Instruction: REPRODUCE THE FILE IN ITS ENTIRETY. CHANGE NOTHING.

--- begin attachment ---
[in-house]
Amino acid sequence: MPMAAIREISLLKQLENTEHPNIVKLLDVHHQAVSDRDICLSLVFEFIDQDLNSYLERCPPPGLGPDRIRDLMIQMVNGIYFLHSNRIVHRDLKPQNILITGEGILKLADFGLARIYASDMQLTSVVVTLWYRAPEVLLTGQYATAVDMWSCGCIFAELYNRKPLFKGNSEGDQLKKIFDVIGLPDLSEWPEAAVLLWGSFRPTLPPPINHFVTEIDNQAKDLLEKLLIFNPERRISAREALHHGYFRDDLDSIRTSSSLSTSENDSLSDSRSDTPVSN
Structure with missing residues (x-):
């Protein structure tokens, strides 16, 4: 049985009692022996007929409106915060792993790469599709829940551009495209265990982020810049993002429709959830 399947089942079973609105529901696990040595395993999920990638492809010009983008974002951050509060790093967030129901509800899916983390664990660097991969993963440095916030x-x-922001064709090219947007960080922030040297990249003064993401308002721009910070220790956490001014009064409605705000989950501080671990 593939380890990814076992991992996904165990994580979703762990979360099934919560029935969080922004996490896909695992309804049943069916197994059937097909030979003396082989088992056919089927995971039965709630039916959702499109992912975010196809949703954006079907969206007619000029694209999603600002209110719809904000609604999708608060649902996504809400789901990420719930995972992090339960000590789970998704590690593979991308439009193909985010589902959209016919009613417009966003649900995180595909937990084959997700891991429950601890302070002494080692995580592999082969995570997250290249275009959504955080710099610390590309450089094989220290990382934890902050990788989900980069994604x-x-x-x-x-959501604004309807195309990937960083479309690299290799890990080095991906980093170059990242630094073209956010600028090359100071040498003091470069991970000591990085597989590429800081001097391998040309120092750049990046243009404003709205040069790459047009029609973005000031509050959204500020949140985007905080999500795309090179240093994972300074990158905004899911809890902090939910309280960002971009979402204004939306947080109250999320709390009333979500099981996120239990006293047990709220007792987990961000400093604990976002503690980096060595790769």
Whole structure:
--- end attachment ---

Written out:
[in-house]
Amino acid sequence: MPMAAIREISLLKQLENTEHPNIVKLLDVHHQAVSDRDICLSLVFEFIDQDLNSYLERCPPPGLGPDRIRDLMIQMVNGIYFLHSNRIVHRDLKPQNILITGEGILKLADFGLARIYASDMQLTSVVVTLWYRAPEVLLTGQYATAVDMWSCGCIFAELYNRKPLFKGNSEGDQLKKIFDVIGLPDLSEWPEAAVLLWGSFRPTLPPPINHFVTEIDNQAKDLLEKLLIFNPERRISAREALHHGYFRDDLDSIRTSSSLSTSENDSLSDSRSDTPVSN
Structure with missing residues (x-):
């Protein structure tokens, strides 16, 4: 049985009692022996007929409106915060792993790469599709829940551009495209265990982020810049993002429709959830 399947089942079973609105529901696990040595395993999920990638492809010009983008974002951050509060790093967030129901509800899916983390664990660097991969993963440095916030x-x-922001064709090219947007960080922030040297990249003064993401308002721009910070220790956490001014009064409605705000989950501080671990 593939380890990814076992991992996904165990994580979703762990979360099934919560029935969080922004996490896909695992309804049943069916197994059937097909030979003396082989088992056919089927995971039965709630039916959702499109992912975010196809949703954006079907969206007619000029694209999603600002209110719809904000609604999708608060649902996504809400789901990420719930995972992090339960000590789970998704590690593979991308439009193909985010589902959209016919009613417009966003649900995180595909937990084959997700891991429950601890302070002494080692995580592999082969995570997250290249275009959504955080710099610390590309450089094989220290990382934890902050990788989900980069994604x-x-x-x-x-959501604004309807195309990937960083479309690299290799890990080095991906980093170059990242630094073209956010600028090359100071040498003091470069991970000591990085597989590429800081001097391998040309120092750049990046243009404003709205040069790459047009029609973005000031509050959204500020949140985007905080999500795309090179240093994972300074990158905004899911809890902090939910309280960002971009979402204004939306947080109250999320709390009333979500099981996120239990006293047990709220007792987990961000400093604990976002503690980096060595790769």
Whole structure: